Lovato Goes from Making Sandwiches to Snapping for Packers

After being released by the Bears in training camp, new Packers long snapper Rick Lovato worked in his family's sandwich shop in New Jersey.

When the Green Bay Packers signed Brett Goode in 2008, he was working construction in Arkansas.

When Goode suffered a torn ACL, his replacement was paying the bills by working at the family sandwich shop.

That’s the life of an aspiring long snapper: countless hours of hard work – all while working a “real” job -- in hopes of hearing the knock of opportunity that might never come in a career in which the number of quality prospects greatly outnumber the quantity of jobs available.

“I’m just trying to stay as patient as possible,” Rick Lovato said on Wednesday when asked about his mind-set and staying motivated. “I know for a long snapper, it takes some guys three to four years just to break into the NFL.”

Lovato was Old Dominion’s No. 1 long snapper for all four of his seasons. He went undrafted this year and spent the offseason and most of training camp with the Bears before being released. A few days later, he had a workout with the Dolphins. After that, his phone went silent. He went to work at Joyce’s Subs and Pizza in Lincroft, N.J., which is owned by his father, Rick Sr., and an uncle, Neil Givens.

“I’d say the Italian sub, the No. 15,” of Joyce’s specialty.

Between making subs, breakfast sandwiches and pizzas, Lovato kept honing his craft. He worked out frequently with a former Old Dominion teammate who lives about 15 minutes from his home to stay ready.

“The turnover rate is not very high for long snappers and, guys like Brett, he’s been in the league for eight years now and he’s done a wonderful job,” Lovato said. “It’s hard. It’s hard for guys, coaches and whatnot to transfer into a new snapper. That’s why this is how it works. If a guy gets hurt, you’re up. That’s why I have to be ready at all times, which is what I was doing working out every day, being ready to snap for an opportunity like this.”

Incredibly, Lovato worked out for the Packers on Friday – before they had a need for a long snapper. With Goode headed toward free agency, the Packers were just keeping an eye on who was available by bringing in Lovato and another snapper.

Between punts and place kicks, Lovato figured he snapped the ball 35 or 40 times over the course of an hour. He thought he did well but obviously had no idea of what was to come.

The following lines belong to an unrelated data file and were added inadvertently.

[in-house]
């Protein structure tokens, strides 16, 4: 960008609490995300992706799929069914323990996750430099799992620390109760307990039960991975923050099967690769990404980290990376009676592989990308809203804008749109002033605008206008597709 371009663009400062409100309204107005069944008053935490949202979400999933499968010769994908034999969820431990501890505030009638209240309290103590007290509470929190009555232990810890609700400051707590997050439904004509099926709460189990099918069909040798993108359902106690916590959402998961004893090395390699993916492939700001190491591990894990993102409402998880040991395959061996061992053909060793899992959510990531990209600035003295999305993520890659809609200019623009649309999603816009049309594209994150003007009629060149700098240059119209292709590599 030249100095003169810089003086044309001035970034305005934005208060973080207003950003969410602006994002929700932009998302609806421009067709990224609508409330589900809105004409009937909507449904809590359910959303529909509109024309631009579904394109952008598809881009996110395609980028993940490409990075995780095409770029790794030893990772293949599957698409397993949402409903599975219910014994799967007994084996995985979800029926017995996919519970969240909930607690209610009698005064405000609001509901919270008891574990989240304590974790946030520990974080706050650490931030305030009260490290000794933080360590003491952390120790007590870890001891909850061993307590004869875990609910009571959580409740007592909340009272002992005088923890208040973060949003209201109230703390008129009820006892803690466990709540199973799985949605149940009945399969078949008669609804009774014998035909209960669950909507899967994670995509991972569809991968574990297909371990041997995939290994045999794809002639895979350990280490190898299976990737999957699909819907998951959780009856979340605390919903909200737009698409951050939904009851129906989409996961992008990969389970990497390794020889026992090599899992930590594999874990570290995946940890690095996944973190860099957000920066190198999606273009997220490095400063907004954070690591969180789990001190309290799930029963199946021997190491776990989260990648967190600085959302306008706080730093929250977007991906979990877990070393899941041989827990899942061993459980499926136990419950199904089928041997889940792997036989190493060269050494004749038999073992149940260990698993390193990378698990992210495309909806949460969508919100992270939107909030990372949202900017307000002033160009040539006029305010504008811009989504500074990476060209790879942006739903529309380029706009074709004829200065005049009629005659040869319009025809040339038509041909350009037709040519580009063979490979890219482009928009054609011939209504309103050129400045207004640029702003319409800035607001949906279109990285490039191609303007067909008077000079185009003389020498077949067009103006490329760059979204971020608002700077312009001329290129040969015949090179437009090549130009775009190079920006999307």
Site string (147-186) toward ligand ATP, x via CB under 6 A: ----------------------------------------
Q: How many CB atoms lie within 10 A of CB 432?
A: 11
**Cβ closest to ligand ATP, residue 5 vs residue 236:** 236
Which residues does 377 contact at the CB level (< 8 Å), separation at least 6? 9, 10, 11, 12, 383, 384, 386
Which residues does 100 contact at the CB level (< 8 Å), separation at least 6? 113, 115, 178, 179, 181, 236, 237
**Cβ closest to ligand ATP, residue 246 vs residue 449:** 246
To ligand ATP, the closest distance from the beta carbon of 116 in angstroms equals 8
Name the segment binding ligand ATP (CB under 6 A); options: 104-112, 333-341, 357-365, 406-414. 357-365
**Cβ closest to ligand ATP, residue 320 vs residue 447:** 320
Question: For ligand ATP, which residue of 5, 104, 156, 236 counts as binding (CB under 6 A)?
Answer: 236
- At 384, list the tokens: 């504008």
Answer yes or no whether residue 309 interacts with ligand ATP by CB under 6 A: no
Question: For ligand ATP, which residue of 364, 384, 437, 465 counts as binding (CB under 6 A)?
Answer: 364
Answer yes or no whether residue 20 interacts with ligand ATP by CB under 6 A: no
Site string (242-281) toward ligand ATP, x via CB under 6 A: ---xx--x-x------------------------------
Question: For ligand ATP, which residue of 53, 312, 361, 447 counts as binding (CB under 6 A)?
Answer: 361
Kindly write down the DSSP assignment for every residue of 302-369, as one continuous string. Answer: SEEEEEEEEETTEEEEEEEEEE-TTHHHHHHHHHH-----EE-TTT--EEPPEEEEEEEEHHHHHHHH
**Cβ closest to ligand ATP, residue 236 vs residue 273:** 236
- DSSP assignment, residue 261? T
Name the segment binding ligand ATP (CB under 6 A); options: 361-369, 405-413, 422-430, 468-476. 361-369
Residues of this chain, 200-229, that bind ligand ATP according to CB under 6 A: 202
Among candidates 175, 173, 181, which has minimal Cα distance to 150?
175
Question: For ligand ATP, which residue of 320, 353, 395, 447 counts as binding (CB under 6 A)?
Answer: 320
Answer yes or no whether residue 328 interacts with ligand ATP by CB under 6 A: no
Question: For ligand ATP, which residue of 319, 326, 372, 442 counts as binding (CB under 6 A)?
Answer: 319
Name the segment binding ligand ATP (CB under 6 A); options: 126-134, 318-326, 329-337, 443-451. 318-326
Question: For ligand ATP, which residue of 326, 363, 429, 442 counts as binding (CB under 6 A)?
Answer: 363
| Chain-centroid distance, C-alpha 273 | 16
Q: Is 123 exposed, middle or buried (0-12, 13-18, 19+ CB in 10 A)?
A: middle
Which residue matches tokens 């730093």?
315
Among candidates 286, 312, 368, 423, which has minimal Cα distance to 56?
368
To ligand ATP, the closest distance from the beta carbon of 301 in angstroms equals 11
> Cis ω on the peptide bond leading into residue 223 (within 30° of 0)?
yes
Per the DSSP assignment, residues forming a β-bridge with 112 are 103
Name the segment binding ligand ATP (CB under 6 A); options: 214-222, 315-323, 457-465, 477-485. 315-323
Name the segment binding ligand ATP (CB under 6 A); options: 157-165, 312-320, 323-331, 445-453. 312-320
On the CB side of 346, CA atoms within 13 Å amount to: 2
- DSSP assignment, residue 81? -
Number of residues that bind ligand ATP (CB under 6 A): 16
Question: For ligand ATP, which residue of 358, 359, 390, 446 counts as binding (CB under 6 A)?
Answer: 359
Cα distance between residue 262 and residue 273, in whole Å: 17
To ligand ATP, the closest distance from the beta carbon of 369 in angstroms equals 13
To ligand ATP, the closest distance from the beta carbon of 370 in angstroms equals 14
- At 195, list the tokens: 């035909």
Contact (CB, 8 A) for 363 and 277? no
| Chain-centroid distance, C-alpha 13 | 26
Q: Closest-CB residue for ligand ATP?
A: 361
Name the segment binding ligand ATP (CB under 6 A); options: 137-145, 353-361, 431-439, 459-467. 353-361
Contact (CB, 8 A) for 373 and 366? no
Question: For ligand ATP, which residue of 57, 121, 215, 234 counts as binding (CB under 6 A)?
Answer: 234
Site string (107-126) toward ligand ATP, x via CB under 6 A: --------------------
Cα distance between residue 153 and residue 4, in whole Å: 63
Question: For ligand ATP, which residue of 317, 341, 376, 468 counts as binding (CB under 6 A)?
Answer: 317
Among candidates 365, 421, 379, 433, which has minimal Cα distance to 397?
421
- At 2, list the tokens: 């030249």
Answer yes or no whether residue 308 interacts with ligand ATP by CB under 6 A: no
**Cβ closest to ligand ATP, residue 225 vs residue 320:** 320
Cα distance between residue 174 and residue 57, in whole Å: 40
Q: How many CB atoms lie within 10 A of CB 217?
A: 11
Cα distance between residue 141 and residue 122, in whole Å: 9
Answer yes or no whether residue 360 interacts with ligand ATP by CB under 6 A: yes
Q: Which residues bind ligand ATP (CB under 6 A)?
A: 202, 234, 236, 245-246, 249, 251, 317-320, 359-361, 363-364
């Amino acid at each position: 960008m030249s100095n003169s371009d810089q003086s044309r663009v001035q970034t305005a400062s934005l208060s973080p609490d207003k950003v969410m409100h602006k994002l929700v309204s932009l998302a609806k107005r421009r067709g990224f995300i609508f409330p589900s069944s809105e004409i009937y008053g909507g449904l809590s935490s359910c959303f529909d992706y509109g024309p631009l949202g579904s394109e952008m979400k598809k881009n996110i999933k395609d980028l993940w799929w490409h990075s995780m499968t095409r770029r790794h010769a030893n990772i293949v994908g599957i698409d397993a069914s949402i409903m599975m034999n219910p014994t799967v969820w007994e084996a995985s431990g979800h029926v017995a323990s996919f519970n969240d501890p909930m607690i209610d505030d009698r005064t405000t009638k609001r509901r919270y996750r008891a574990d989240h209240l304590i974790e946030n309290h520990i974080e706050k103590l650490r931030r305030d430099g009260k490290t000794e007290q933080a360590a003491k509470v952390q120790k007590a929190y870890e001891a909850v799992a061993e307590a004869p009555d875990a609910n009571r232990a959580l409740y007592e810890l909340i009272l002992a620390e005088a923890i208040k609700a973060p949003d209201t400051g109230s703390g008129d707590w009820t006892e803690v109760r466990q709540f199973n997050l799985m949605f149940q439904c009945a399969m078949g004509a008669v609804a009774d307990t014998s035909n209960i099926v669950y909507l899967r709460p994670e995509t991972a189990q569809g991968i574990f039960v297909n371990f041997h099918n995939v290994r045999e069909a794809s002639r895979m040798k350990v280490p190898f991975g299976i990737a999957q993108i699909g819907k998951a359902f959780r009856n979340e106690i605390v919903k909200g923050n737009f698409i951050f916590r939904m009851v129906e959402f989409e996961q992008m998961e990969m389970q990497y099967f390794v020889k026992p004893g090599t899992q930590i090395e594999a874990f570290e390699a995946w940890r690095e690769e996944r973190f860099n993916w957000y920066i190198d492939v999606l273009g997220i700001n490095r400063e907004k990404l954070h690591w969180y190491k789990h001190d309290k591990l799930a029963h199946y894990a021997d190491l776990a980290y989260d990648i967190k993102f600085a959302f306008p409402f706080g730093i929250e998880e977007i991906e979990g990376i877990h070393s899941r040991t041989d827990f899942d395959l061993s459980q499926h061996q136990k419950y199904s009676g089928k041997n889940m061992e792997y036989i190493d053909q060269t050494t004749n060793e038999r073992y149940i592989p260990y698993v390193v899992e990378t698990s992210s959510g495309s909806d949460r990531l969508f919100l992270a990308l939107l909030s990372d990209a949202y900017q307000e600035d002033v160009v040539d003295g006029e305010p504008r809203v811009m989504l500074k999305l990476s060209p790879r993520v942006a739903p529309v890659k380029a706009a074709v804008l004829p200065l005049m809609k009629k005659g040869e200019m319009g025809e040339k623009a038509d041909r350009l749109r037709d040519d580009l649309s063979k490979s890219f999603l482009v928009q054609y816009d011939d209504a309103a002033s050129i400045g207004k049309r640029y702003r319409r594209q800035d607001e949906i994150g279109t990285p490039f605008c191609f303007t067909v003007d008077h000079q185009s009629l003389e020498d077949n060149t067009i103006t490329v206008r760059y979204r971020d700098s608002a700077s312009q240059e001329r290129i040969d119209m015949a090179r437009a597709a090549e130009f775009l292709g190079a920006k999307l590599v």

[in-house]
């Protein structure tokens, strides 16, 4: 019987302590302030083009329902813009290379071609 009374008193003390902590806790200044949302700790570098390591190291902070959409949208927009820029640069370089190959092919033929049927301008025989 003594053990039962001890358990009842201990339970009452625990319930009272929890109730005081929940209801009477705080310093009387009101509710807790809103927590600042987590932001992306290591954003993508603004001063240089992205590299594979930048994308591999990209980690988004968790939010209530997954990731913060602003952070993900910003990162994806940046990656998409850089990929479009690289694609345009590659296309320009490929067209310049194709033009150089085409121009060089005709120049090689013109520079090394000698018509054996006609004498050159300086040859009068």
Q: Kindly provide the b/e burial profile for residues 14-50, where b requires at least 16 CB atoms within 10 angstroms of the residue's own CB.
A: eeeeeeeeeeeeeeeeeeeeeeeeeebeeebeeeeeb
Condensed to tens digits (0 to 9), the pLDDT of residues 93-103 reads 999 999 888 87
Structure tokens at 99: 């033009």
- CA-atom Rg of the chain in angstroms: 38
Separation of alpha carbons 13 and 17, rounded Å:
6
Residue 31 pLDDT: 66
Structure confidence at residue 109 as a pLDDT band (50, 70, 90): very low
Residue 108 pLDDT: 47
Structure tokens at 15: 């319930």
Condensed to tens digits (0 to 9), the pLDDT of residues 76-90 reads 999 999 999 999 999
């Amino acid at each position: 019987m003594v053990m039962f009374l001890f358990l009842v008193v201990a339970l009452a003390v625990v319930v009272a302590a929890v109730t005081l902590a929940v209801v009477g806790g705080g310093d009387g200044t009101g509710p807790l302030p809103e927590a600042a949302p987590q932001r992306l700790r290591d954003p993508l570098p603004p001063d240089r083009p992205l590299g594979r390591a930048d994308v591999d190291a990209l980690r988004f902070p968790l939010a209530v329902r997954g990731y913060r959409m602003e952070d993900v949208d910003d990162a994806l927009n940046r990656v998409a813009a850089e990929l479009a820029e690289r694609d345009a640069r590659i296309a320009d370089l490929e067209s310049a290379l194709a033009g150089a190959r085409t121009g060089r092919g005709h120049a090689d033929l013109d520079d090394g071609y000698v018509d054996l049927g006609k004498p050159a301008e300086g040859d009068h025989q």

“I watched the Green Bay game against the Raiders,” Lovato said. “Knowing I had just worked out with Green Bay, obviously, I was watching a little bit closer at the long snaps and he did great. I didn’t think anything of it. On Monday, I’m getting the call that he might be hurt. I didn’t know if I’d be here a couple days, if he was going to be patched up and then play. Then I found out when I got here that he was -- it was a torn ACL.”

Just like that, Lovato went from making sandwiches in a snap to snapping the ball for a playoff-bound team.

And perhaps longer. Given Goode’s contract status and the timeline of his injury, he certainly won’t be ready for offseason workouts and probably wouldn’t be cleared for training camp or the start of next season. Thus, if Lovato can perform flawlessly to end the season, he’s got a chance to stake claim to this position, no different than Goode in 2008.

Not that Lovato is focused on anything other than the here and now. For years, Goode was as much Mr. Anonymous as he was Mr. Automatic. That’s the goal for any long snapper, since long snappers usually make headlines only for messing up.

“I’m comfortable with snapping the football,” Lovato said. “It’s something I’ve done a million times. It’s just a matter of being perfect and being quiet, staying quiet. My name shouldn’t be out there in the media.”

Bill Huber is publisher of PackerReport.com and has written for Packer Report since 1997. E-mail him at packwriter2002@yahoo.com or leave him a question in Packer Report’s subscribers-only Packers Pro Club forum. Find Bill on Twitter at www.twitter.com/PackerReport.


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